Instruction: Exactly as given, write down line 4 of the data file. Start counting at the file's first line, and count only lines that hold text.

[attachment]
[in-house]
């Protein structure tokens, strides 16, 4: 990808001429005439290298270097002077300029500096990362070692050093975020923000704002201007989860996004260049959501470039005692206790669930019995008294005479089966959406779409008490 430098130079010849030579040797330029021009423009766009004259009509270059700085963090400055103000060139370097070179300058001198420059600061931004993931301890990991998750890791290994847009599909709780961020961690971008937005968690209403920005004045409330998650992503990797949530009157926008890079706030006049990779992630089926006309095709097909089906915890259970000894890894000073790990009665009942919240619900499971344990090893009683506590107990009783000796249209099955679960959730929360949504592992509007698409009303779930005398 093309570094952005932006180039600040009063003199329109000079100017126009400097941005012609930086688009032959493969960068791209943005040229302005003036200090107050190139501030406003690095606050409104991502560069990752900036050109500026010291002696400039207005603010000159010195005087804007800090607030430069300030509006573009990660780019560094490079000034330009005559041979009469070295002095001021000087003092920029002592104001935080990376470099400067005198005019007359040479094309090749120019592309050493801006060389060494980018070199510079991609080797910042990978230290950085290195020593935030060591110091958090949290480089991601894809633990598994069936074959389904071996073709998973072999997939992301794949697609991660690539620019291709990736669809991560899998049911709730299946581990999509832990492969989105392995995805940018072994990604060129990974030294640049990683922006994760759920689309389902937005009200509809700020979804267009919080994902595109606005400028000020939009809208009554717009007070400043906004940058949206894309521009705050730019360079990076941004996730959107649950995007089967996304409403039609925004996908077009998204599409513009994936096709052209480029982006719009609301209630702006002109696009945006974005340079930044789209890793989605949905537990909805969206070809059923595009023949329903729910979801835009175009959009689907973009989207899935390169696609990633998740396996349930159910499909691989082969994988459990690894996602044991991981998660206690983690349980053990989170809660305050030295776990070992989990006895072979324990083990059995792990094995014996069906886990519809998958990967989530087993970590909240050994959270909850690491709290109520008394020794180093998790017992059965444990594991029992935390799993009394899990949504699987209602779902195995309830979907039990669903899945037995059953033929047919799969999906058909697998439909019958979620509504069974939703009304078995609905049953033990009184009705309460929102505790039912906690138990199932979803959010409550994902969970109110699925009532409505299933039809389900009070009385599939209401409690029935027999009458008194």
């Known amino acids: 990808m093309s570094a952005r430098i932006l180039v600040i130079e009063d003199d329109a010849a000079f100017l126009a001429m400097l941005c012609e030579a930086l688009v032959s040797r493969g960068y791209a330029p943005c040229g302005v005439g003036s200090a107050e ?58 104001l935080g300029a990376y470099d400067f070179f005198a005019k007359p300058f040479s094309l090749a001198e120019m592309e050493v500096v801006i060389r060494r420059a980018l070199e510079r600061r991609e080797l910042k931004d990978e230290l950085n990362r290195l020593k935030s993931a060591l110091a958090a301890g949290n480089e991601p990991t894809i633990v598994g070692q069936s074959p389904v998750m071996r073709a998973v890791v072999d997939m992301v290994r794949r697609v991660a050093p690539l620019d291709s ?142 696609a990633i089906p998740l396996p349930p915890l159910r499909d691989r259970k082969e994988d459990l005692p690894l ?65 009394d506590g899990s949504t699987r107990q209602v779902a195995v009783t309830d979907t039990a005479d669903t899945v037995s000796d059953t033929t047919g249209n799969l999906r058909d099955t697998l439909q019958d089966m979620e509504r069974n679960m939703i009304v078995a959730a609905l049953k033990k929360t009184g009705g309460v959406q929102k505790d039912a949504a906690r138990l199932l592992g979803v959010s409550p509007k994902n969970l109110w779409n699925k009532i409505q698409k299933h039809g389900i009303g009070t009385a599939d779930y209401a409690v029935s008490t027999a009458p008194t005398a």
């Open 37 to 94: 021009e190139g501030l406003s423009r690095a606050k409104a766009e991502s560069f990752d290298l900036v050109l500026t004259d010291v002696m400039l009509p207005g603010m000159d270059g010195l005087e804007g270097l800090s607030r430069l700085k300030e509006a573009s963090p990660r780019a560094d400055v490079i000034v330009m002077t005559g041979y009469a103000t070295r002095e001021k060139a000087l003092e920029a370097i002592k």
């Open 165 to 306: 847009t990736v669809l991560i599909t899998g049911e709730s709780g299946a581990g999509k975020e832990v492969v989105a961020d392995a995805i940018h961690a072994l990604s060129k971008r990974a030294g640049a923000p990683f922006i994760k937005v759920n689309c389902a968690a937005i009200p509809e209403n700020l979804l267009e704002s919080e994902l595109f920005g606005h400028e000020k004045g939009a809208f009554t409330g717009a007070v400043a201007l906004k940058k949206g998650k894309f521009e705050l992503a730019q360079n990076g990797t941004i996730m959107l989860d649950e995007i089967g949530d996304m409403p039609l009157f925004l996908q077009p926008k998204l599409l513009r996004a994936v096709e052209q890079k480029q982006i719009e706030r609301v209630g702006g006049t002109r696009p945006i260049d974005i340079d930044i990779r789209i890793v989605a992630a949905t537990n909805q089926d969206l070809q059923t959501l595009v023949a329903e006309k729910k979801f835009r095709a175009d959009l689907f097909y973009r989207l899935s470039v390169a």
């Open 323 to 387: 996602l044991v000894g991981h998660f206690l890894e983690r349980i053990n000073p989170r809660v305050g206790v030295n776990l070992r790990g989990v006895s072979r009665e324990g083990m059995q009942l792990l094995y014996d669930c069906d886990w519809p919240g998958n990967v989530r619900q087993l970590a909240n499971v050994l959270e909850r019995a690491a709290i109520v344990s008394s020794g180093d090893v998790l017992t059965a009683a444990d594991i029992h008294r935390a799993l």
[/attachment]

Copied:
């Open 37 to 94: 021009e190139g501030l406003s423009r690095a606050k409104a766009e991502s560069f990752d290298l900036v050109l500026t004259d010291v002696m400039l009509p207005g603010m000159d270059g010195l005087e804007g270097l800090s607030r430069l700085k300030e509006a573009s963090p990660r780019a560094d400055v490079i000034v330009m002077t005559g041979y009469a103000t070295r002095e001021k060139a000087l003092e920029a370097i002592k």